Pia Z. Ehrhardt

by Susan Henderson on November 7, 2007

Pia Ehrhardt has been unbelievably influential in my writing – not just because we’ve edited each other’s work for so many years, but because once you see what Pia can do with a single sentence – how you can pack it full of beauty, tension, secrets, love, imagery, and yet keep it so very simple – you can’t help but want to write better. Her writing has trained my ear and made me crave work that bubbles beneath the surface.

I like the crumminess of Channel 10 because after you watch it, real life seems prettier, like running with leg weights and then taking them off. You think you could jump an eight-foot wall. – “Running the Room,” FAMOUS FATHERS

I’m so happy to have Pia here, and I hope you’ll buy this beautiful little book. I brought it with me on vacation this summer and tried so hard to make it last the whole trip, but darn it if I didn’t finish it on the plane ride there. FAMOUS FATHERS dares to go to some very hard places and stand in the midst of terrible mistakes and find the heart and the humanity within the mess. I love this book, and I love this author.


Often, I find writers who create emotionally complex characters are not so good about getting their characters out of their heads and out of their homes. Your characters are on the move. Talk to me about that.

My characters tend to be high-functioning agorophobics with their hearts and bags packed for travel. It’s so hard to take the first step out the door, but en route to where you’re going, doesn’t grace seem possible? What I want for the people in my stories is the freedom and the space to unstick themselves, to bump into trouble and pleasures that aren’t going to happen if you stay in your chair at home under your afghan with your books and your journal. So I send a teenager on a road trip with the check out guy from Piggly Wiggly, or I have a woman driving around New Orleans late at night with a guy from night class, while her mother meets her lover at the Hilton. Cars are great containers for little romances.

Call your father. Test if you have what you had at seventeen. See if he still wants you in his bed. Convince yourself it was your choice, not his. Kids are never to blame. Use him now. Tell your side of the story and let him trash your husband, then defend your husband so he gets jealous and says more than necessary. Get him to say again that he’s the only man who can satisfy you because you’re cut from the same bolt of cloth. – “Stop,” FAMOUS FATHERS

I find there’s a restlessness with so many of your characters, who are fleeing or leading secret lives or taking real risks. What do think they’re searching for?

They’re searching for the safety and cover of Family, the closed loop. The sense of being home, and loved, without tricks or disclaimers. My mother had me when she was twenty and then she went on tour for three years and left me with my Italian grandmother, and I missed her even before I knew her. (My father left with her, and they’d come back for holidays and then take off again.) I think I felt from a very young age that I’d done something wrong, something to displease her or to make it easier for her to leave me. Childlike, I know. So I got the bright idea that the best way to not be left is to stay on the emotional move, and that’s what my characters do, in spite of the lead in their baggage. (Enough with the luggage analogies!) They take risks and live secret lives because they’re so afraid to just stay put and love, to ask right out in the open for what they want, which is basic and terrifying.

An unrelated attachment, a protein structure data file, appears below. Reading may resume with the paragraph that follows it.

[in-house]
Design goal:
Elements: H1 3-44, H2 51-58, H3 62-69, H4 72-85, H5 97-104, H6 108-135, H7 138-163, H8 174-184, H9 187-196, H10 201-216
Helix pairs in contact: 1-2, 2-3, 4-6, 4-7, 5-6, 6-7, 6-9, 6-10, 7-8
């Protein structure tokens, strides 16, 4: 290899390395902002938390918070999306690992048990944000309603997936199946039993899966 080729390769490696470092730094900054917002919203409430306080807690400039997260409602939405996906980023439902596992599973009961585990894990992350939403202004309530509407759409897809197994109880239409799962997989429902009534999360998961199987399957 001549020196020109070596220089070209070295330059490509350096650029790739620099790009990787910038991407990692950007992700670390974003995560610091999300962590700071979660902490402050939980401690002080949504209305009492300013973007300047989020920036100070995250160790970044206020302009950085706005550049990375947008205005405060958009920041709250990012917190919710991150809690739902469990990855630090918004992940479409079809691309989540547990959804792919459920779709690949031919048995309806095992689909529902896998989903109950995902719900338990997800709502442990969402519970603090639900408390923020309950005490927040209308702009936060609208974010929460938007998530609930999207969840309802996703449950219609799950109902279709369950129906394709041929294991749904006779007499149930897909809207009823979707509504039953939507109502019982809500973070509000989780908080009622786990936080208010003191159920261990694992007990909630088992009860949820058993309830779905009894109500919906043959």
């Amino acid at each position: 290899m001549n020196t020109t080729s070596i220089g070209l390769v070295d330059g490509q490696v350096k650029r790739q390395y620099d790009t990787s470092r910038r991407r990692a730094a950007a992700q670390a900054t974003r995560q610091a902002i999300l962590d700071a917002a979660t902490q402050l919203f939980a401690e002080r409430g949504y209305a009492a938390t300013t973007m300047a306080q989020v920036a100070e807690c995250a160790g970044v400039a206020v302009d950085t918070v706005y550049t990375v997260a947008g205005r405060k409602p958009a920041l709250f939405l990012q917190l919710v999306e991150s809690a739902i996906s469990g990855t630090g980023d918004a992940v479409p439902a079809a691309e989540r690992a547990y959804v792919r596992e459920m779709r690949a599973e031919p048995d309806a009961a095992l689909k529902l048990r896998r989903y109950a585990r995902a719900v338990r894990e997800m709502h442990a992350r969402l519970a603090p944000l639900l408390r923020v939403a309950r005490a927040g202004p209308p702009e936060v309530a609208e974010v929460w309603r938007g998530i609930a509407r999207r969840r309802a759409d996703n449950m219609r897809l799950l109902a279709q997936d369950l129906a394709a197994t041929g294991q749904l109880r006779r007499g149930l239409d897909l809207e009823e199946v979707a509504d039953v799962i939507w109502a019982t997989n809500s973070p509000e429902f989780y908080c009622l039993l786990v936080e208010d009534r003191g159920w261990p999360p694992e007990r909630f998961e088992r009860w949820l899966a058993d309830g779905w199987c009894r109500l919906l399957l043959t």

Mike and I check into the Hilton during the day sometimes, climb under cool sheets, open the little soaps and use every towel to make it look like we’ve been there longer than an hour or two. – “Tell Me in Italian,” FAMOUS FATHERS

Several of your characters seek this sense of belonging and importance in extra-marital affairs. What is it about affairs that draws them in?

Initially it’s the cliched stuff: The gamesmanship, the new sex, the freshly-cut routines of sneaking, the improvisational rush of near misses, which turns into a desire for the intimacy and stability of a marriage even when it’s someone else’s. My characters break into the sacred trust between husbands and wives because they don’t believe people can stay true to one another, but they also don’t want to replace wives i.e. I want to win you but not keep you because you don’t belong to me. It’s like relegating yourself to playing second chair with a shiny, rare instrument.

Infidelity in this book isn’t a means to an end; it’s a way to connect with parents whose moral compasses are on the fritz. A daughter wants to walk in her unfaithful mother’s shoes, or a woman empathizes with her father’s mistress when she becomes a mistress. How does it feel to be wanted like they are wanted, to be loved by them, to want what they want.

Brady and I meet for coffee and a sandwich. I want to stay in that small sweet space between friendship and affair. This meeting with Brady doesn’t have to resolve. If I sleep with him, what happens to the wish? – “Driveway,” FAMOUS FATHERS

It’s interesting how your characters have a tendency to flee, and yet one of the defining traits to your writing, I think, is how you can stay in emotionally complex and uncomfortable moments longer than most writers can. You don’t hurry to fill the awkward silences between characters or try to resolve their issues, which may well be with them for life.

When I’m in the heat and the squirm of a scene, I usually get a terrible craving for something from the fridge or the pantry, so I try to stay put and keep writing. (Ron Carlson‘s advice in an interview I read.) Or if I get up to nibble, I keep the scene in the front of my mind and return to my story. Sometimes I make things worse by torqueing a line of dialogue or adding a messy detail, or writing a reversal. My tendency as a person is to be a peacemaker and defuse trouble, but what does that get you in life? Delays, not resolutions. Delays don’t work in short stories. In life, well, sometimes it’s nice to buy yourself some more time.